Something many people don’t realize about Biblical Counseling Center is that most of our staff counselors were first students in our online school, or interns as they finished advanced graduate level training in counseling.
Recently, we added Mark Johnson to our Indiana Counseling team. As a church elder, Mark took BCC Training nearly 20 years ago to improve his ability to care for and shepherd those in his church more effectively. Watching God at work through these encounters created a passion in him to continue to grow as a biblical counselor and make even more of an impact.
About a year ago, Mark retired from a successful business career, enrolled full time in a Master’s program in biblical counseling, and determined that his retirement years would be dedicated to spending more time with his family and impacting others in his church and Biblical Counseling Center. I asked Mark to share his story in his own words.
I grew up in a mainline denomination church in the rural climes of northern Illinois. The period was the 1960s and 1970s, and among mainline denominations, peace and good works were the dominant themes for preaching in the day. The social gospel did nothing to quell a rising fear of death that lurked behind me as I reached Junior High and High School.
It wasn’t until I was 15 when I first heard the gospel. I heard the news that the Son of God had died for my sins. Jesus was looking for me to turn from my sin and follow him. I can still remember sitting in the back of a 1970 Cadillac Fleetwood traveling home from a Bible study and turning to Christ.
It wasn’t until a few months later that I was in a friend’s house, and we were reading Hebrews together, specifically Hebrews 2:14–18.
“14 Since therefore the children share in flesh and blood, he himself likewise partook of the same things, that through death he might destroy the one who has the power of death, that is, the devil, 15 and deliver all those who through fear of death were subject to lifelong slavery. 16 For surely it is not angels that he helps, but he helps the offspring of Abraham. 17 Therefore he had to be made like his brothers in every respect, so that he might become a merciful and faithful high priest in the service of God, to make propitiation for the sins of the people. 18 For because he himself has suffered when tempted, he is able to help those who are being tempted.” (Hebrews 2:14–18)
The verses were like a breath of fresh air – I realized that I did not need to fear the nagging and persistent thought of death. Jesus, by his death, burial, resurrection, and ascension, had delivered me from that fear and had given me hope for what is and what is to come in to replace it.
Biblical counseling has been that kind of hope for me and many others, replacing a nagging fear or an incorrect thought with the truth of God’s Word. I first heard of biblical counseling through the encouragement of our Senior Pastor, Robert Crain. Soon after coming to pastor our church, Robert had made an acquaintance with Ron and Sherry Allchin, who held some basic training classes.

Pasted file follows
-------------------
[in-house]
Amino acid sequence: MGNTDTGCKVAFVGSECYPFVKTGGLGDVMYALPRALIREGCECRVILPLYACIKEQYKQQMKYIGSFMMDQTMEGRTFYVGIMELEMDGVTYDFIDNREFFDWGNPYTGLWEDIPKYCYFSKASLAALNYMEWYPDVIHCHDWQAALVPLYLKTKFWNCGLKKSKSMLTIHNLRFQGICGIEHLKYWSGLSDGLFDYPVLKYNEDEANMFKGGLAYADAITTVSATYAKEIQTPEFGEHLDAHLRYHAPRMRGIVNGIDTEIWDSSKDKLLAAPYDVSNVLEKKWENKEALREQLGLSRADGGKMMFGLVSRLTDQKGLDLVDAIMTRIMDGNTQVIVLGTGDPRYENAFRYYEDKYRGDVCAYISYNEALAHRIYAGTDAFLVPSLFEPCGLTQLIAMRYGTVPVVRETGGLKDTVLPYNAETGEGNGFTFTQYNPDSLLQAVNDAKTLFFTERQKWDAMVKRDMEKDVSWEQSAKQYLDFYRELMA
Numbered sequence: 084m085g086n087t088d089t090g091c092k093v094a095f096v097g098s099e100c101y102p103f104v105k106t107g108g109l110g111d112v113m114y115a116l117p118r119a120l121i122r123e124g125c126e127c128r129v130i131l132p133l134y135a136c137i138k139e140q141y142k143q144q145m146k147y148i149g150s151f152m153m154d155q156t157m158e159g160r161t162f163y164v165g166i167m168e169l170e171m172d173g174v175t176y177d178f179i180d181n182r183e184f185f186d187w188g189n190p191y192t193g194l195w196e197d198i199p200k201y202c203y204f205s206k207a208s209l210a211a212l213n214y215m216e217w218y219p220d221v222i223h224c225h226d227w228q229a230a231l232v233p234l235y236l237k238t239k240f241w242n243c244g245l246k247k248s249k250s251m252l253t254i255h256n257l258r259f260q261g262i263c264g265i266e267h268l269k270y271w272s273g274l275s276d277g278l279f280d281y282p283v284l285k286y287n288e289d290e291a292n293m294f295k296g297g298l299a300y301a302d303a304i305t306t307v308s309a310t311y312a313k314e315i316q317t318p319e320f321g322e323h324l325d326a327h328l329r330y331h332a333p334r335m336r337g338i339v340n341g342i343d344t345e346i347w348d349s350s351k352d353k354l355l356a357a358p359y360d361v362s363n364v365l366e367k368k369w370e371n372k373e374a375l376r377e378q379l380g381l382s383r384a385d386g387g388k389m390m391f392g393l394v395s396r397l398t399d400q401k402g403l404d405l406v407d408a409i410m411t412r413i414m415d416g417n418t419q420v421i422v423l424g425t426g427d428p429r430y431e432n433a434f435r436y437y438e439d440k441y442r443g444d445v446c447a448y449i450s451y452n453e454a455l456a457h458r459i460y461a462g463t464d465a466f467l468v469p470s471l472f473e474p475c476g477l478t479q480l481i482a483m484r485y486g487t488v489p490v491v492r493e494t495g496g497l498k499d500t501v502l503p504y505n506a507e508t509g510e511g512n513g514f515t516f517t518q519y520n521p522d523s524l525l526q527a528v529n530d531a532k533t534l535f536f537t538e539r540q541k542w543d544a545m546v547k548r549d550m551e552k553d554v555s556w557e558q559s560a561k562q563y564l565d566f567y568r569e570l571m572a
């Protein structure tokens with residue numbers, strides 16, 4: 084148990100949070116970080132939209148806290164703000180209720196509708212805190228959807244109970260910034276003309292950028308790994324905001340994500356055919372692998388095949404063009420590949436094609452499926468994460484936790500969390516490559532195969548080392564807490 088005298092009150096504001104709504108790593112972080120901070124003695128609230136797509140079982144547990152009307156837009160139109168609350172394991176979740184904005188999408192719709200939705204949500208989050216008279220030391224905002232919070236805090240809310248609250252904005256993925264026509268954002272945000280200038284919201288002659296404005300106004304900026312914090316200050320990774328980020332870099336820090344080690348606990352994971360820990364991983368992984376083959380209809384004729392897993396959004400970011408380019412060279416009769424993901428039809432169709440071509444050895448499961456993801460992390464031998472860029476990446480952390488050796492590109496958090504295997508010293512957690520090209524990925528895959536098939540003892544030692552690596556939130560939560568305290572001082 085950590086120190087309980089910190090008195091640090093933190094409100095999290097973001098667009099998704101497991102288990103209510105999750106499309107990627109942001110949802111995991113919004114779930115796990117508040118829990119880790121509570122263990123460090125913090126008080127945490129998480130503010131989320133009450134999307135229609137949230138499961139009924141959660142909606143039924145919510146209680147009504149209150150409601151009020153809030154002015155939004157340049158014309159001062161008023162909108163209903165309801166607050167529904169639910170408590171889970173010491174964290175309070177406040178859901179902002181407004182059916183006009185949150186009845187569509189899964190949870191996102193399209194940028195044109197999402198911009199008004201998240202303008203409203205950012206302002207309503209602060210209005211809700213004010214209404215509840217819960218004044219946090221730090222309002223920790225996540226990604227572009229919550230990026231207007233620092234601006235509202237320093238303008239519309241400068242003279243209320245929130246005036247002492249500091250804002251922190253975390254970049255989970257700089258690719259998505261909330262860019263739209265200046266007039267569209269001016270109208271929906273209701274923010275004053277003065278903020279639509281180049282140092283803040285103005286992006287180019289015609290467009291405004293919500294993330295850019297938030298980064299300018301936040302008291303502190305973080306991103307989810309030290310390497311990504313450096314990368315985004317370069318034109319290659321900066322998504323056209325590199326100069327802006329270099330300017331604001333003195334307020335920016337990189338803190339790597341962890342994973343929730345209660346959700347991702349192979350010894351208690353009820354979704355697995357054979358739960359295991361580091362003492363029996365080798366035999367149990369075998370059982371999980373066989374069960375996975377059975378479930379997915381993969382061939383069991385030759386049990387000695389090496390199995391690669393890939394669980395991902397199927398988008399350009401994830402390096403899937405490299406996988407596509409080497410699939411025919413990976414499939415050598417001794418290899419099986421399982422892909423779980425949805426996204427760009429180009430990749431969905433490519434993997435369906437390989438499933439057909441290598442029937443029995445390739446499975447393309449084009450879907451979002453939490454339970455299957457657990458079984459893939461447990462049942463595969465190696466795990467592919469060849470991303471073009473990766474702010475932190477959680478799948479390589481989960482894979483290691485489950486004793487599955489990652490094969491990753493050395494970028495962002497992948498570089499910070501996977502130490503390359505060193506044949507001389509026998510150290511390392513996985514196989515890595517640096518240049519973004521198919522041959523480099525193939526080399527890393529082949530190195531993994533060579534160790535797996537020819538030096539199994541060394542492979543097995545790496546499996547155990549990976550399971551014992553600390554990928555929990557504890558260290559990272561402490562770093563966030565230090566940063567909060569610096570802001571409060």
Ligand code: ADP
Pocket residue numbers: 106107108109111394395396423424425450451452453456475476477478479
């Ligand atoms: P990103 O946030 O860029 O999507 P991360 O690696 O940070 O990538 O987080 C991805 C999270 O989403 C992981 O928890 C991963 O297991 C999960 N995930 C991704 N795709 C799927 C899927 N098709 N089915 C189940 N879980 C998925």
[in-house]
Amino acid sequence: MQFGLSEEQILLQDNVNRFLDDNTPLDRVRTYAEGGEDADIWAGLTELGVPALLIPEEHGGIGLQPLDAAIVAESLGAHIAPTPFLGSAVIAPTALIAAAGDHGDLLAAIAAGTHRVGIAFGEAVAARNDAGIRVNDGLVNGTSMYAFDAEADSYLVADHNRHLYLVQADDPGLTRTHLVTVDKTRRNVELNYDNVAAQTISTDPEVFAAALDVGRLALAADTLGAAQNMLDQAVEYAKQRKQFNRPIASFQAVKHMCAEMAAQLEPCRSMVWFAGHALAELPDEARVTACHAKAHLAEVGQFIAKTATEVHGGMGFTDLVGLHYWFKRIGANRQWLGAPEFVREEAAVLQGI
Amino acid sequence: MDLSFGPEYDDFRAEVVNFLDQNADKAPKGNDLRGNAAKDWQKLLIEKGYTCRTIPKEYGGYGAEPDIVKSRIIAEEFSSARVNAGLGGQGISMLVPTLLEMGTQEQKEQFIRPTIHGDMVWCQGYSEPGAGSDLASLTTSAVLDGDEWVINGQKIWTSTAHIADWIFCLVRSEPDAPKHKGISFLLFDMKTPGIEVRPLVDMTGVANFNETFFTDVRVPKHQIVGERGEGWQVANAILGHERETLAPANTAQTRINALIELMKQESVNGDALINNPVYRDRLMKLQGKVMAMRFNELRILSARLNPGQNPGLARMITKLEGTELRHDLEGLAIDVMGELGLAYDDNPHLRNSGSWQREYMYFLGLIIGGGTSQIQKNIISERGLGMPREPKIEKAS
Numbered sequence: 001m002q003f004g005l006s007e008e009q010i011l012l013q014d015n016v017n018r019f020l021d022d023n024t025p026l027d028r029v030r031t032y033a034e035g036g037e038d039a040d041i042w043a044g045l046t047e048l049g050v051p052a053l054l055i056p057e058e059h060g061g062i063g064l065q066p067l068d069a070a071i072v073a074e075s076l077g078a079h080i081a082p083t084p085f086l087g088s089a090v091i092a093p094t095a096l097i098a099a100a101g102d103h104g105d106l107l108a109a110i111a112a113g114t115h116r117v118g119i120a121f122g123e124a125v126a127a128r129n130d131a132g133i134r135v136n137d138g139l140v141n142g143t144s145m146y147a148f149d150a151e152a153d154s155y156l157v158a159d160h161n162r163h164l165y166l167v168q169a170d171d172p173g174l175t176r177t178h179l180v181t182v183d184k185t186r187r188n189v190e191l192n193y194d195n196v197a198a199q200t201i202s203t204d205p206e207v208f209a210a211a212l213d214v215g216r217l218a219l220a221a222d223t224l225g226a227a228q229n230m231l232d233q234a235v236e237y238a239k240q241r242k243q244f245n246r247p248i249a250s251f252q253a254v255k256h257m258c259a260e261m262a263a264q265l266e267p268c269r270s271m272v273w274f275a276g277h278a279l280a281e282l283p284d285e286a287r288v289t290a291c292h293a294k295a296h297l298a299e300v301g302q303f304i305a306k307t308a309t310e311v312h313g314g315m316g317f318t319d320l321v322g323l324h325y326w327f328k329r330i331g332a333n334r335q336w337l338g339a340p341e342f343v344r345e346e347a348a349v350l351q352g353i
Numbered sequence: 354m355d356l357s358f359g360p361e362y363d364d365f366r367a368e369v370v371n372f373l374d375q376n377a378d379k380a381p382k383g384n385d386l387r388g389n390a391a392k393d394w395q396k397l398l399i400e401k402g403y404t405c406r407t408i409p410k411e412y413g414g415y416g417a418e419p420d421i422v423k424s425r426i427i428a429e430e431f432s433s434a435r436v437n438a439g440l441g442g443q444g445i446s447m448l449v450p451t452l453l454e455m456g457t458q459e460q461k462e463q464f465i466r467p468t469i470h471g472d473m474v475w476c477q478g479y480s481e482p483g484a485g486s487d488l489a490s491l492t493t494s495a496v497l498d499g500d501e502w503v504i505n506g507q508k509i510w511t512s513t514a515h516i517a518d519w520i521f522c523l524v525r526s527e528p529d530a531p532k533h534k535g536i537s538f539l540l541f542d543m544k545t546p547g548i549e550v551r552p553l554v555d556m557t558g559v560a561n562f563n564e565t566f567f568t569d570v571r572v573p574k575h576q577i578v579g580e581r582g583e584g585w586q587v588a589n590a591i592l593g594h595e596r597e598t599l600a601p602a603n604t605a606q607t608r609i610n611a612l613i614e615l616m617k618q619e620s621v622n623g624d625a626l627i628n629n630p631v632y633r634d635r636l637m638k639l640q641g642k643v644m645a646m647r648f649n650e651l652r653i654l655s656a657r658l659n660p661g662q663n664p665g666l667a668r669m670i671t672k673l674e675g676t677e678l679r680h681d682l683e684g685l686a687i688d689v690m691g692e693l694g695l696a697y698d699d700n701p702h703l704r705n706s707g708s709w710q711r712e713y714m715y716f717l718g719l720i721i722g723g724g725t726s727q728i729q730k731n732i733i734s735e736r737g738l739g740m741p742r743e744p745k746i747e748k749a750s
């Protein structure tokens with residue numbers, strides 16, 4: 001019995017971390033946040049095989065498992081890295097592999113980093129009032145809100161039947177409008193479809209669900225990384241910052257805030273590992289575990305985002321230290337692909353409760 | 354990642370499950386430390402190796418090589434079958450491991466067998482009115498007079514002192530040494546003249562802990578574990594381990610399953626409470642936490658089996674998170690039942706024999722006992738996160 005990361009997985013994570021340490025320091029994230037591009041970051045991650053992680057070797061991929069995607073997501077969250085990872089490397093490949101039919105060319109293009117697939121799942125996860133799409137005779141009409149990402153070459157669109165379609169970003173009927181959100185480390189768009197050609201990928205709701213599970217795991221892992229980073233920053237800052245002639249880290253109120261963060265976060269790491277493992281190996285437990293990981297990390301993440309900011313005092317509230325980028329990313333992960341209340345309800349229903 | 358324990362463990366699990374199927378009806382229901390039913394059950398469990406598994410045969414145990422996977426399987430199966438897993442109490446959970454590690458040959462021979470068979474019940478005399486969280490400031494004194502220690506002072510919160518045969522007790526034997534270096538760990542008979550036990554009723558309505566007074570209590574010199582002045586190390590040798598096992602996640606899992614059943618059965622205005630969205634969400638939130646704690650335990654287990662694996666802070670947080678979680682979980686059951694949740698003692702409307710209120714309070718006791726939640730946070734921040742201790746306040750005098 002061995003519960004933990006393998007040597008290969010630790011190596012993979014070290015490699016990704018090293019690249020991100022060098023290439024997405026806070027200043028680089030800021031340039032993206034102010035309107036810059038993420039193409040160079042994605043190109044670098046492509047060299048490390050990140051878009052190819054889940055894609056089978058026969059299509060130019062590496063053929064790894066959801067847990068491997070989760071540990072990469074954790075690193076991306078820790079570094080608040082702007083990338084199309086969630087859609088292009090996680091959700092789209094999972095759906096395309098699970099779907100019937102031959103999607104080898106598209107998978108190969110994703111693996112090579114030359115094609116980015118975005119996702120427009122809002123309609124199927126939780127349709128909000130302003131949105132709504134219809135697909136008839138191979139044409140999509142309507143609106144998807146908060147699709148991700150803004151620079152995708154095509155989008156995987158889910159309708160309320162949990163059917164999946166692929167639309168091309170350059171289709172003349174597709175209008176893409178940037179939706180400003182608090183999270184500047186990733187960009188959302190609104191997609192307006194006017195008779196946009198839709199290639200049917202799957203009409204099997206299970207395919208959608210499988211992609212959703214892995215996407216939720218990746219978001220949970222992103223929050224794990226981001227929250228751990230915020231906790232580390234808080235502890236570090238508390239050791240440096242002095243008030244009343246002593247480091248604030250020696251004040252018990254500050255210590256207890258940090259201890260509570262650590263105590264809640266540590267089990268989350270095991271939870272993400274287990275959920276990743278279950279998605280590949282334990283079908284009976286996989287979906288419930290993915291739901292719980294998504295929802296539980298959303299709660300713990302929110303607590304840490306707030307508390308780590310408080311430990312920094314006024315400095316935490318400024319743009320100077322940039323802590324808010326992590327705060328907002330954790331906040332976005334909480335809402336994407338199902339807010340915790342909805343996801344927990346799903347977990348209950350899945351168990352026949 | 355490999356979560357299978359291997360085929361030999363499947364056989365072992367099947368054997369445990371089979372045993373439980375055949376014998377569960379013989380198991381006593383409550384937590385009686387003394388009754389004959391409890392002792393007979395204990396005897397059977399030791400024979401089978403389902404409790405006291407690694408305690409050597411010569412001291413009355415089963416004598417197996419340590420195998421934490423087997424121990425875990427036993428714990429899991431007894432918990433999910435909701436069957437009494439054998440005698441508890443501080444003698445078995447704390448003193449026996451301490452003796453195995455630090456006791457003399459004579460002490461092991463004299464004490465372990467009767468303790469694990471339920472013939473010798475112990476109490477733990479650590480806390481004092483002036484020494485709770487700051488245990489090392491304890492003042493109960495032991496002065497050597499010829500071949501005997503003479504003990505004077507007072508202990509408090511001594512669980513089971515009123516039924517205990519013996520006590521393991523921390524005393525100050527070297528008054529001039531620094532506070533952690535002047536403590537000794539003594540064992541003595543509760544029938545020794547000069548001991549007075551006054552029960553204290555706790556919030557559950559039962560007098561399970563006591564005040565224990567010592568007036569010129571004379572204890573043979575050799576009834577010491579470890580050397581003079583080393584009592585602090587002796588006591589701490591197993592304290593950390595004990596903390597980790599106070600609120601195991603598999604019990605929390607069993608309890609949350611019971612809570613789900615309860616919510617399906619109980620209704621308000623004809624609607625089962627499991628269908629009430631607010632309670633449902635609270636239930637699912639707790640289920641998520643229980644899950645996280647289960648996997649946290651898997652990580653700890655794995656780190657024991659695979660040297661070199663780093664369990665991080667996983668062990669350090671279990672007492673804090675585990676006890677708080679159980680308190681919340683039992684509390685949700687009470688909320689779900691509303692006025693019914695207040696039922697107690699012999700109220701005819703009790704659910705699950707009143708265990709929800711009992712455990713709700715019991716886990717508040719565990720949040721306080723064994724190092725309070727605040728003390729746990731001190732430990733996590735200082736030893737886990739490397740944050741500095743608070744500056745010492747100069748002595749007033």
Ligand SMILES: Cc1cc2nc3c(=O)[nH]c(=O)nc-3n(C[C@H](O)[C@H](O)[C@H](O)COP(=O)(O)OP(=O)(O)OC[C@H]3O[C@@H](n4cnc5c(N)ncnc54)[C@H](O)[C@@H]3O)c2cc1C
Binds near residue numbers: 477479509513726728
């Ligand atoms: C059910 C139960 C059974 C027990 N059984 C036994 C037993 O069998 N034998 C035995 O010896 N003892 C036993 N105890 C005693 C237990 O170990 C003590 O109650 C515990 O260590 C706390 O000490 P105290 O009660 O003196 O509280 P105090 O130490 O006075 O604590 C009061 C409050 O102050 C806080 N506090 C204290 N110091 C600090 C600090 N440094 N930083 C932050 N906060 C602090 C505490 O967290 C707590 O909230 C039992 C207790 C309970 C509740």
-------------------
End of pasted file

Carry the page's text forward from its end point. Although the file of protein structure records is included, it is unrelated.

Kelly and I, along with a few others from our church, attended and began hearing of the transformative power of the Word of God not only from the pulpit but in personal one-on-one settings, too. Biblical counseling resonated with my own life, and I began to see more opportunity in my capacity as an elder and Sunday school teacher.
I began to see the power of a church that was excited about pleasing God through caring for one another, encouraging one another, and comforting one another; the very kind of “one anothers” Paul so often mentioned in his letters.
I have seen many family and relational problems over the years that could have been avoided by folks looking for help from a church friend whom they could trust. As a father and a grandfather, I ache for families with no one to turn to in these challenging days. I long to see families helped by and helping one another, addressing the heart’s response to God, to circumstances, to others, and themselves.
The passion that I believe God has put on my heart is to see God’s people ministering to one another. I especially want to see families grounded in the spiritual disciplines, understanding their role and identity in Christ, and loving the Savior more and more. We need to see God’s people renewed in their thinking, changed in their affections, and transformed in their behavior.
Do you desire to have a front row seat to see God at work? Most of our students never become formal staff BCC counselors, but all of them are trained to faithfully share the word of God and make an impact right where they are. Biblical counselors should never forget that God is the hero of the story, however, we are privileged to use the gifts and training He has given us to make a difference for Him.